I’ve got an eye test at the end of this week. Oh goody. At my age, it’s yet another eagerly anticipated opportunity for me to develop ever-more elaborate ways to say ‘no’ to the question of, “Would you like to try bifocals?” Despite my staunch resistance to yield to this suggestion, I cannot deny that my vision is not as good as it used to be. I may give in one day when I find myself walking into door frames too often.
This morning’s news was that ahead of the election, a ‘Bishop’s letter’ is going to be published calling for “a fresh moral vision for the country’s future.” And it got me to thinking about vision more generally. We talk about ‘vision’ a lot, especially in business or churchy circles. There’s always some kind of visioning exercise* going on somewhere or another. Having a ‘vision’ is clearly important. But how are we different and better with a vision? And are we always poorer for the lack of one?
(*The phrase ‘visioning exercise’ causes me to slightly shudder. I imagine it may involve being forced to watch severely uncomfortable and out-of-breath people doing some kind of ghastly over-energetic physical activity whilst trying to reassure me it’s ‘fun’ and I should join in. I think not. I’m afraid I would have to politely decline.)
My current daily devotional is the simple but delightful ‘Love Out Loud’ by Joyce Meyer, and yesterday’s offering was called ‘What do you see?’ (in my case not too much without the right glasses!) Anyway…. Joyce quotes Habakkuk 2:2:
“Write the vision and make it plain.”
Joyce goes on to say,
“Writing down your vision brings it into the real world and makes it solid.”
I like that. We can so easily tune into a lot of sobering and potentially depressing stuff within and around us – crises, ill health, financial insecurity, threats to our safety, social and cultural fragmentation – whether you’re of faith or not, these things are real and pressing. It strikes me that how we respond to them will be defined in part by our vision (or lack of) for our future. If we rehearse these fears in our minds and in our conversations with friends we end up ‘writing them plainly’; they become real and solid and unavoidable to us. On a personal level, for example, I could choose to have a quite depressing and hopeless vision for my future; an ageing divorcee with no kids and huge debts. Oh, how terribly lonely and sad I will be, rattling around in my baggy old pyjamas with no friends, occasionally bumping into door frames because I can’t see properly.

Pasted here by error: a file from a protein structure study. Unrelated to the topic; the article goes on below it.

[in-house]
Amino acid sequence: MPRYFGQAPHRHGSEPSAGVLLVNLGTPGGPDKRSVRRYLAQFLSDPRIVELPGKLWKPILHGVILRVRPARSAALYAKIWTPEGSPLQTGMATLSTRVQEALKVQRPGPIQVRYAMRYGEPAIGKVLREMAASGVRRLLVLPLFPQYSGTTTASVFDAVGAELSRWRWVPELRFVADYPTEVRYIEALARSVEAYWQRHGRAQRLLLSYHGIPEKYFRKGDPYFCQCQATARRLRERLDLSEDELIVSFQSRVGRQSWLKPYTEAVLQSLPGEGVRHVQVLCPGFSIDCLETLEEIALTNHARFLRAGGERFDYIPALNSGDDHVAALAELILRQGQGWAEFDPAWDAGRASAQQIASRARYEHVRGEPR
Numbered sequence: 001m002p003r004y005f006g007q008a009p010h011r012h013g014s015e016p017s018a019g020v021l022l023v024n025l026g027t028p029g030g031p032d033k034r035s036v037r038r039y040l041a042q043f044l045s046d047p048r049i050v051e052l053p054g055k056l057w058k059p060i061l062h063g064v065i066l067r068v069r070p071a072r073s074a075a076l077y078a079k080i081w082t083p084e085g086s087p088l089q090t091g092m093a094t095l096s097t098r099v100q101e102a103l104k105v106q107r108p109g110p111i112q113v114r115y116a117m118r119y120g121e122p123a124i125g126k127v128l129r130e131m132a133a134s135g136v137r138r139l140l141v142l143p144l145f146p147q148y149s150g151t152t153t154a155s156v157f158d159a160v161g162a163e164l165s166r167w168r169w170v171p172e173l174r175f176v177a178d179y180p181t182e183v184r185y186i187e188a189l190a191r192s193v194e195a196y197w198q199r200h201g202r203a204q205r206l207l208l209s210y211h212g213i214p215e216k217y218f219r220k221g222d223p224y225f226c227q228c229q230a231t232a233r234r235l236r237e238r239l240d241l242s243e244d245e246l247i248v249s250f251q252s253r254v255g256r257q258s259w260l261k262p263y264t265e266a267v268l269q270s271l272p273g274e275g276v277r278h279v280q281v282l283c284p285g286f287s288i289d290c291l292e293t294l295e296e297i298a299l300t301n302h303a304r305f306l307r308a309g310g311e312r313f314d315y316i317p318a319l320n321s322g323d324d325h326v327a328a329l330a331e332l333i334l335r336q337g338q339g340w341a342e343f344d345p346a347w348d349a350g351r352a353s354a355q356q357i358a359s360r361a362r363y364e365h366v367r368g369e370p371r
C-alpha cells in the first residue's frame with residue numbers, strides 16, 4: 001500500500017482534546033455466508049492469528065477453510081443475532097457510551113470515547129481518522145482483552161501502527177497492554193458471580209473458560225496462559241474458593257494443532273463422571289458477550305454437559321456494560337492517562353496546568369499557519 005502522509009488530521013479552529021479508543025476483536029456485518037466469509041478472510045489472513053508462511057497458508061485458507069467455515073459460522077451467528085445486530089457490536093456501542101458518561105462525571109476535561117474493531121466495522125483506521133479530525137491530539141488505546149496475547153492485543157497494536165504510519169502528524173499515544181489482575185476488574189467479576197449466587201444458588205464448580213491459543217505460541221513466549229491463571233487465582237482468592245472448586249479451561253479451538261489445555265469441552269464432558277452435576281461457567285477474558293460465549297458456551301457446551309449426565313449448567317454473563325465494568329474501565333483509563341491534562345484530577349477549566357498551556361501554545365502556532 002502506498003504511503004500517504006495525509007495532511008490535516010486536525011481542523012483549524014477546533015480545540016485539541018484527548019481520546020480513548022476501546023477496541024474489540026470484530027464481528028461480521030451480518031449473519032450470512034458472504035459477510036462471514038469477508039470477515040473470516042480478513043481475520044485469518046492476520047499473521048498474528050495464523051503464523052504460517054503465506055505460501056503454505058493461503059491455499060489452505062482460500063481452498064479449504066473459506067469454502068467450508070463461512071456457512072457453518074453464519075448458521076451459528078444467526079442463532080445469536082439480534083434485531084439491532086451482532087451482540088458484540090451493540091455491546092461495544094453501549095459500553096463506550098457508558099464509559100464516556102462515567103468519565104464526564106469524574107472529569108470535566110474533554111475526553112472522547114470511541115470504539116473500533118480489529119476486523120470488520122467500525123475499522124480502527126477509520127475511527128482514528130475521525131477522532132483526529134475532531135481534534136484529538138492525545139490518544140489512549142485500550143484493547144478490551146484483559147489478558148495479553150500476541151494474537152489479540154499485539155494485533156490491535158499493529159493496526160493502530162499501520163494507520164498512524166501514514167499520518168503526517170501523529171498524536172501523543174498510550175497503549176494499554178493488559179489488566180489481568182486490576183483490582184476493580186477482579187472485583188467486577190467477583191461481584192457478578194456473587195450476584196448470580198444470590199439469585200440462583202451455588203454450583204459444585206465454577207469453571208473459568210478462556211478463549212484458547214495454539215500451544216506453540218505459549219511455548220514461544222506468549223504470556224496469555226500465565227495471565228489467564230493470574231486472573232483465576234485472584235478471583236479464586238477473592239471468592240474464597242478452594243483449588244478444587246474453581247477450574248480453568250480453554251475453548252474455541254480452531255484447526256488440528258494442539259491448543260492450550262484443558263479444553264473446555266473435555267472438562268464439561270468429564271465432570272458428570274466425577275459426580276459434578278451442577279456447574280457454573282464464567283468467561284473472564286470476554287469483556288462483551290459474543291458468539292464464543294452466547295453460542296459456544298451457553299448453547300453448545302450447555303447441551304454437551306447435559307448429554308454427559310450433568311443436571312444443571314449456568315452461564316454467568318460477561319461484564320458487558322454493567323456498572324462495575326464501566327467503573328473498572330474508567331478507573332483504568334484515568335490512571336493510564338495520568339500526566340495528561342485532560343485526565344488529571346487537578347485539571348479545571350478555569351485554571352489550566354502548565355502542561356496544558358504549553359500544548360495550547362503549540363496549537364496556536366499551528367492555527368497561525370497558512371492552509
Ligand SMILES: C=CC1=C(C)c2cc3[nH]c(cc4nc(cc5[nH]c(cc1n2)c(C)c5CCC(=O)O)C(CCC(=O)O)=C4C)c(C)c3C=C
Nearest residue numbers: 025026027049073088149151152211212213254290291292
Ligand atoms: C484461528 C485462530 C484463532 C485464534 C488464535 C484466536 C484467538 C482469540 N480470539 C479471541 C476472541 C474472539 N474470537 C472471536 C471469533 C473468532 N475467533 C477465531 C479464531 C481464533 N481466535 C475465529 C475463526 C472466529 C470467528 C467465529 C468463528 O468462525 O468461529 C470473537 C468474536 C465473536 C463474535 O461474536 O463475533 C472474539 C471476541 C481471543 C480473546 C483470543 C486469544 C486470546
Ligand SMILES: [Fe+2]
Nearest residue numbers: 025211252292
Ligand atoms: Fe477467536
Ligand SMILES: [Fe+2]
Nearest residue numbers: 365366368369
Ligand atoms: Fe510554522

So, what do we see? A future vision where we simply ‘duck and cover’? Where we retreat from the threats until there’s simply nothing left of us? I hope not. Thankfully, as a Christian, my vision isn’t just about the here and now; it extends beyond this realm of existence into something far more glorious and hopeful than I can ever imagine.
Richard Ostling says in ‘Kingdoms to Come’:
“A futurist speculating about what things would be like from the perspective of a scientist in the year 2090 wrote: It seems amazing now that there was ever a time when science was supposedly the enemy of faith, and religion was deemed hostile to technological investigation. The end of atheism and agnosticism became inevitable as soon as computer calculations made improbable the odds that random natural selection could be the sole explanation for the ever increasing intricacies found in biology. Equally influential was the discovery of multiple universes, which astronomers found at the macrocosmic level and physicists found in the microcosmic. Science thus established the current Age of Faith, re-creating the Creator. Nowadays only the fool says in his heart, “There is no God”.
Reflecting on this, along with Joyce Meyer’s question of ‘what do we see?’ I’m challenged to write plainly of a vision for my life that is based around such an awesome God that has built himself intricately into his creation at every turn, and of which I am an intimate part. You can’t get that vision down the opticians!